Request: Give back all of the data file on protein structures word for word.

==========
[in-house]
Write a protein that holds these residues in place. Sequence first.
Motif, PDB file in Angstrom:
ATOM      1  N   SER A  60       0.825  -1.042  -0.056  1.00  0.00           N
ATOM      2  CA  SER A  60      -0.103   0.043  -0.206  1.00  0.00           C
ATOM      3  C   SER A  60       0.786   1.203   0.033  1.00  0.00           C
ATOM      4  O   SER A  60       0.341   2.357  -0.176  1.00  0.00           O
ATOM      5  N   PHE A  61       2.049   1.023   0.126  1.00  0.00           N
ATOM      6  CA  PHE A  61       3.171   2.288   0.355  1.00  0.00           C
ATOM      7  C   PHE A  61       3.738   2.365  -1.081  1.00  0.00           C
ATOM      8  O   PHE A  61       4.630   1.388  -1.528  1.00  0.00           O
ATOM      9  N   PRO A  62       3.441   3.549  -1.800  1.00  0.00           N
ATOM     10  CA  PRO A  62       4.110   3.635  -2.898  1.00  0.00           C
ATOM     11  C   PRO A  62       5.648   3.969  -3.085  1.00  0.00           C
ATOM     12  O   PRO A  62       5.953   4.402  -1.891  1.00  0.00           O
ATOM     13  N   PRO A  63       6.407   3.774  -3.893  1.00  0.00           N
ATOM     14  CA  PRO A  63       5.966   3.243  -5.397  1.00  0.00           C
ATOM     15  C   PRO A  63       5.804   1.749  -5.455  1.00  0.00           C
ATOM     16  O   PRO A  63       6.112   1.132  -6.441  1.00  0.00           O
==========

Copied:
[in-house]
Write a protein that holds these residues in place. Sequence first.
Motif, PDB file in Angstrom:
ATOM      1  N   SER A  60       0.825  -1.042  -0.056  1.00  0.00           N
ATOM      2  CA  SER A  60      -0.103   0.043  -0.206  1.00  0.00           C
ATOM      3  C   SER A  60       0.786   1.203   0.033  1.00  0.00           C
ATOM      4  O   SER A  60       0.341   2.357  -0.176  1.00  0.00           O
ATOM      5  N   PHE A  61       2.049   1.023   0.126  1.00  0.00           N
ATOM      6  CA  PHE A  61       3.171   2.288   0.355  1.00  0.00           C
ATOM      7  C   PHE A  61       3.738   2.365  -1.081  1.00  0.00           C
ATOM      8  O   PHE A  61       4.630   1.388  -1.528  1.00  0.00           O
ATOM      9  N   PRO A  62       3.441   3.549  -1.800  1.00  0.00           N
ATOM     10  CA  PRO A  62       4.110   3.635  -2.898  1.00  0.00           C
ATOM     11  C   PRO A  62       5.648   3.969  -3.085  1.00  0.00           C
ATOM     12  O   PRO A  62       5.953   4.402  -1.891  1.00  0.00           O
ATOM     13  N   PRO A  63       6.407   3.774  -3.893  1.00  0.00           N
ATOM     14  CA  PRO A  63       5.966   3.243  -5.397  1.00  0.00           C
ATOM     15  C   PRO A  63       5.804   1.749  -5.455  1.00  0.00           C
ATOM     16  O   PRO A  63       6.112   1.132  -6.441  1.00  0.00           O